Seminary continues apace. We've instituted all sorts of (somewhat kosher) incentive programs to encourage good behavior, like points for thoughtful questions and/or answers or parties for a set period with no tardies. So far, our efforts have been more or less successful, which is good. We've also had parent/teacher conferences with almost all the parents, an unheard of practice for seminary, but I come from the world of secular education, and teenagers are still at an age at which I want to be face to face with their parents once in a while. We also thought that with this particular group of rambunctious boys it would be prudent to be in contact with their parents sooner rather than later to encourage lots of communication back and forth.
The conferences have been illuminating. It's interesting to hear the parents' takes on their son's actions/personalities and to compare those with what we see. I think all the parents were surprised we asked to meet with them but all also seem to have left the meetings feeling like they were worthwhile, which is good.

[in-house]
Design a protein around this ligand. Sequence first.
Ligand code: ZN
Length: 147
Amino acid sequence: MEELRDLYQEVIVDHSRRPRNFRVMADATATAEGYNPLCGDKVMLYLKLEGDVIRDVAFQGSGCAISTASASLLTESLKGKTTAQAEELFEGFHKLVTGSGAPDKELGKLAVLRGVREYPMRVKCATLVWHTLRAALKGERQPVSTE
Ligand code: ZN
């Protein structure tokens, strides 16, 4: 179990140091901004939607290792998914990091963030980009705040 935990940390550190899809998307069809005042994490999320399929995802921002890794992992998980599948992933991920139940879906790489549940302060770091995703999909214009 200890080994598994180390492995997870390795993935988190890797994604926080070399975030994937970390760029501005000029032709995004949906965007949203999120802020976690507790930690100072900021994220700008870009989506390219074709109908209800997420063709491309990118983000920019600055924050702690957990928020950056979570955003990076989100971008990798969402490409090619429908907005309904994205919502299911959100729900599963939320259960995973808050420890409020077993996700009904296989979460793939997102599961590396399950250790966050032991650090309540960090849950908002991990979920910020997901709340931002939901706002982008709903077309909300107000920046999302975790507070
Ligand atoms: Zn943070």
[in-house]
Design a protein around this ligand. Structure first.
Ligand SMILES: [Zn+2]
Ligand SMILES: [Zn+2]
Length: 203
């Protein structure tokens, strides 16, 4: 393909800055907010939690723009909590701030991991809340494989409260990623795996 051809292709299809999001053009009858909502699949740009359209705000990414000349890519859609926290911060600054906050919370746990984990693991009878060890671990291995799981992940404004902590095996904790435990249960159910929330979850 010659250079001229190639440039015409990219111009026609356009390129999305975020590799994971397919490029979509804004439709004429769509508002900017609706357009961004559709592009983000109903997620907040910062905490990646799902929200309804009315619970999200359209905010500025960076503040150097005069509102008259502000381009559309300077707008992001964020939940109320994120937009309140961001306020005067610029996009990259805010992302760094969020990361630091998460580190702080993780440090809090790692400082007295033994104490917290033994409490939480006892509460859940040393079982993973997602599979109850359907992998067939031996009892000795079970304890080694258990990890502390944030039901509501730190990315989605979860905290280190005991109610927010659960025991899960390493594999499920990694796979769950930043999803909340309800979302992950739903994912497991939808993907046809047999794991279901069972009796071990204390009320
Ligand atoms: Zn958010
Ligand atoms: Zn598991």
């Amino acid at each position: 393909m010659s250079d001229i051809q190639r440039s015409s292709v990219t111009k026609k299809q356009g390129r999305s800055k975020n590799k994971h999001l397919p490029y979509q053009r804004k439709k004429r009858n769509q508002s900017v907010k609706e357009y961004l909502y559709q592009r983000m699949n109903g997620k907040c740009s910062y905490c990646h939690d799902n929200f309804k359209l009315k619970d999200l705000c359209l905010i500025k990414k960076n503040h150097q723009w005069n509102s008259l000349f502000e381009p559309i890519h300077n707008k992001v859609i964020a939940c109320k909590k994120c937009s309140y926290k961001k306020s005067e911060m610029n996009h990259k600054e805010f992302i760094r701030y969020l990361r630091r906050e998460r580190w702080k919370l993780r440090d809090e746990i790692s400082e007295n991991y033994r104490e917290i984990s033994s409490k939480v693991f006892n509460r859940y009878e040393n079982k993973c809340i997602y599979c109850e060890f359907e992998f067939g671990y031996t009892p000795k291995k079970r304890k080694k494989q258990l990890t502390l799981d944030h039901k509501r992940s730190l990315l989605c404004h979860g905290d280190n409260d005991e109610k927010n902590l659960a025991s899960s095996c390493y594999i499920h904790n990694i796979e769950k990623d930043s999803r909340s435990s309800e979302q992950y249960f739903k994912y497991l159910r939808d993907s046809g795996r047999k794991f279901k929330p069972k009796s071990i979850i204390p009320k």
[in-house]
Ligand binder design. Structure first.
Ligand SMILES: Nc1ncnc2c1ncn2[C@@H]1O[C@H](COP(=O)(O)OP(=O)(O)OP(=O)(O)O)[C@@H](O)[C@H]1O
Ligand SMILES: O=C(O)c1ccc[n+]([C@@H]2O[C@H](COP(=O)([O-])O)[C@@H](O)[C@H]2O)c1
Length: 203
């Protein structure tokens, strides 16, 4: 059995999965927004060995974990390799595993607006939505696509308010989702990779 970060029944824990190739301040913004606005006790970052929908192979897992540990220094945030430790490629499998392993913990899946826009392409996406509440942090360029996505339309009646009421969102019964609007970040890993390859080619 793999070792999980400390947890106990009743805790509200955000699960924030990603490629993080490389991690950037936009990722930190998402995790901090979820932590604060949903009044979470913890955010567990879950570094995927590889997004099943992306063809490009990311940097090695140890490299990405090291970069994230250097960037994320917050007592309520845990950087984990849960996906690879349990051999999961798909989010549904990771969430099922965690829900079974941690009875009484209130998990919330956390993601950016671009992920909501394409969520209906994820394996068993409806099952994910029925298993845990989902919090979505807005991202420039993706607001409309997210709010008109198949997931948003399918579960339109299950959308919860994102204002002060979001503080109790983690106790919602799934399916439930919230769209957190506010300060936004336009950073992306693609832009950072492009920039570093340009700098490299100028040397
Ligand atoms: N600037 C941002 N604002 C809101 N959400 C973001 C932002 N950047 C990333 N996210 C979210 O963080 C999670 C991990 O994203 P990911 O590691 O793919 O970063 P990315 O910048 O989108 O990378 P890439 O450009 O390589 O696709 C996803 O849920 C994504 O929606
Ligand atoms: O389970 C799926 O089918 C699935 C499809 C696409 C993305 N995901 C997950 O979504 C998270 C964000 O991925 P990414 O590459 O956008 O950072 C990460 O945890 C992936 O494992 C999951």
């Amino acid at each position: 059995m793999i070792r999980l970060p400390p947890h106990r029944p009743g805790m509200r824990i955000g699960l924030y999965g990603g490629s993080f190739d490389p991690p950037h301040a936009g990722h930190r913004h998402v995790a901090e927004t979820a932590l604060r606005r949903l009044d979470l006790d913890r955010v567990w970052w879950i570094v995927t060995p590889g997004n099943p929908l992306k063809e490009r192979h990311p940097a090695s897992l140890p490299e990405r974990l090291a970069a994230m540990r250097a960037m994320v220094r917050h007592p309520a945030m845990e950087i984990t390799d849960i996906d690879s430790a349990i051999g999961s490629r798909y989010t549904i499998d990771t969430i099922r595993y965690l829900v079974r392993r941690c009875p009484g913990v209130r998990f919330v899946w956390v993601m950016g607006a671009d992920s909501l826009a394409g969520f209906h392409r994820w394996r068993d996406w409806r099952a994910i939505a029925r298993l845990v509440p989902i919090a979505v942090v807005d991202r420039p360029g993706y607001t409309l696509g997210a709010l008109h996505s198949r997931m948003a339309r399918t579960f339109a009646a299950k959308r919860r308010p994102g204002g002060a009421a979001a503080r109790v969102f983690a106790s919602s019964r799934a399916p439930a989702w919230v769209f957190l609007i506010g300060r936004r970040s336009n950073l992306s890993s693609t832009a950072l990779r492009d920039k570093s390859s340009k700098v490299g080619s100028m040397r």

And now, two moments of teenage Zen:
While discussing the rich young man who asks Jesus "What more can I do?" to which He replies "Give all that thou hath to the poor" (I'm paraphrasing, clearly), one of our students exclaimed fervently "The problem today with giving all you have to the poor is that they're just going to use it to buy drugs!" There are no words.
While discussing which talks they remembered/liked from conference, one boy told me he had missed most of one session because he'd felt sick to his stomach and gone to, ahem, take care of it, but he'd had cheese, so it took about an hour. To ME he said this, in all seriousness, as a point of information. Again, I found myself at a loss for words.